Tuesday, 4 June 2013

The Flowers of Keukenhof

The Netherlands is synonymously associated with tulips. For the visitors who wish to see for themselves the blooming flowers during spring in the Netherlands, Keukenhof is the place to be. Unfortunately, this place is only open from March until June. This year alone, close to 850,000 people visited this wonderful place.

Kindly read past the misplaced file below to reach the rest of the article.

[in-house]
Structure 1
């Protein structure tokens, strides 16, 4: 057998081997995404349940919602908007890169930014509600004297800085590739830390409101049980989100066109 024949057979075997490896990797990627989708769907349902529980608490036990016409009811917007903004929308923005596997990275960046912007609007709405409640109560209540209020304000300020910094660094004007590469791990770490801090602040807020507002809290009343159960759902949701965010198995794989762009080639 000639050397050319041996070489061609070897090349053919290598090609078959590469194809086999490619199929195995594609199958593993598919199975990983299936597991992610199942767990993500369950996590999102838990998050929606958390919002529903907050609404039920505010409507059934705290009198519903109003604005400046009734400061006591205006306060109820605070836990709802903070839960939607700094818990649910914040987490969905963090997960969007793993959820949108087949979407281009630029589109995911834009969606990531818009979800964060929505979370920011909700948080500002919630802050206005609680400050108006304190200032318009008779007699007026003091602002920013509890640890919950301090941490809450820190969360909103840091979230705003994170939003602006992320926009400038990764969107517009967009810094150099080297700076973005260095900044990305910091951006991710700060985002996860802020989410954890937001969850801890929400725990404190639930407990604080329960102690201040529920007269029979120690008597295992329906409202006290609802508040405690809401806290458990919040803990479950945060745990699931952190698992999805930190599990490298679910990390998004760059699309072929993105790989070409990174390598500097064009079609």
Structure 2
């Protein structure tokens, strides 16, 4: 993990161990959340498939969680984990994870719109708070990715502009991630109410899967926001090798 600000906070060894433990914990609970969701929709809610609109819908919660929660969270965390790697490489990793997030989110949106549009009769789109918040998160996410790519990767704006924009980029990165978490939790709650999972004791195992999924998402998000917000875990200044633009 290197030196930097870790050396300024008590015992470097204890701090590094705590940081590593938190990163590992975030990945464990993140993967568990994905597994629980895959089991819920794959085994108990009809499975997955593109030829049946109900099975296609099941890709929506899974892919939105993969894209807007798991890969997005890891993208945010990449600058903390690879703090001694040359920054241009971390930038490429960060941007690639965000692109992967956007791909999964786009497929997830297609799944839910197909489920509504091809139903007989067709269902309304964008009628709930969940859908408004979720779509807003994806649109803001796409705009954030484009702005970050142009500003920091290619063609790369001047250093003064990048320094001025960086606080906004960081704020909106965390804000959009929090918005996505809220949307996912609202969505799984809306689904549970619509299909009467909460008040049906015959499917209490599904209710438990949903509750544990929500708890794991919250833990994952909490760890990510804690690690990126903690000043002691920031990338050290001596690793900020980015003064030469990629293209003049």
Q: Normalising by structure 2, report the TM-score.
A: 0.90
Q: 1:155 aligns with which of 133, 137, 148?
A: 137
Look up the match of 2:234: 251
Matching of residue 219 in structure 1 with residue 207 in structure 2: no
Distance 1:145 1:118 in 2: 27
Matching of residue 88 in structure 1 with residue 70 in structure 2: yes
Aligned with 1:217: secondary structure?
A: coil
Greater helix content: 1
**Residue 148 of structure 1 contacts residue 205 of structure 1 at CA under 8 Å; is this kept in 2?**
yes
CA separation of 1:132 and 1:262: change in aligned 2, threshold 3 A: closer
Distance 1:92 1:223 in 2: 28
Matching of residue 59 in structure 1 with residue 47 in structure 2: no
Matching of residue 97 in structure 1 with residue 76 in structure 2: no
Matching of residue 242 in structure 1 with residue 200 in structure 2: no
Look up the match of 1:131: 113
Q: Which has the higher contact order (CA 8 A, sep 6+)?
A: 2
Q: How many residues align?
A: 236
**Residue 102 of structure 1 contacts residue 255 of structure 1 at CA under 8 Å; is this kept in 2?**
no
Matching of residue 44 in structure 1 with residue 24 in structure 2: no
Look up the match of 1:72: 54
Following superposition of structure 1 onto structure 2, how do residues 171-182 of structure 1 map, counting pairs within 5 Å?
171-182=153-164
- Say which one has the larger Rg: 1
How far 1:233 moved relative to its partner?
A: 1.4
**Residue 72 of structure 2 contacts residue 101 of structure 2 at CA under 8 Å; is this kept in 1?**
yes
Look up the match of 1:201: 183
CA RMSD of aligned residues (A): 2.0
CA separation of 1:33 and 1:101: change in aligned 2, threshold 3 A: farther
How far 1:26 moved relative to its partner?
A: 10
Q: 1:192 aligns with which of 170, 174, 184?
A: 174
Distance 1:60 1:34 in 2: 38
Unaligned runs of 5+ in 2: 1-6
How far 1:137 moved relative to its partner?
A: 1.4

The Tulip were originally a wild flower growing in the Central Asia and were first cultivated by the Turks as early as 1,000 AD. The flower were introduced in the westen Europe and the Netherlands in the 17th century by Carolus Clusius, a famous biologist from Vienna. In the 1590’s he became the director of the Hortus Botanicus in Leiden, the oldest botanical garden of Europe, founded in 1587. He was hired by the University of Leiden to research medicinal plants and while doing so he got some bulbs from Turkey from his friend Ogier Ghiselain de Busbecq, the ambassador of Constantinople (presen-day Istanbul). He had seen the beautiful flower, called tulip after the Turkish word for turban, grow in the palace gardens and sent a few to Clusius for his garden in Leiden. He planted them and this was the start of the amazing bulb fields we can see today. More.








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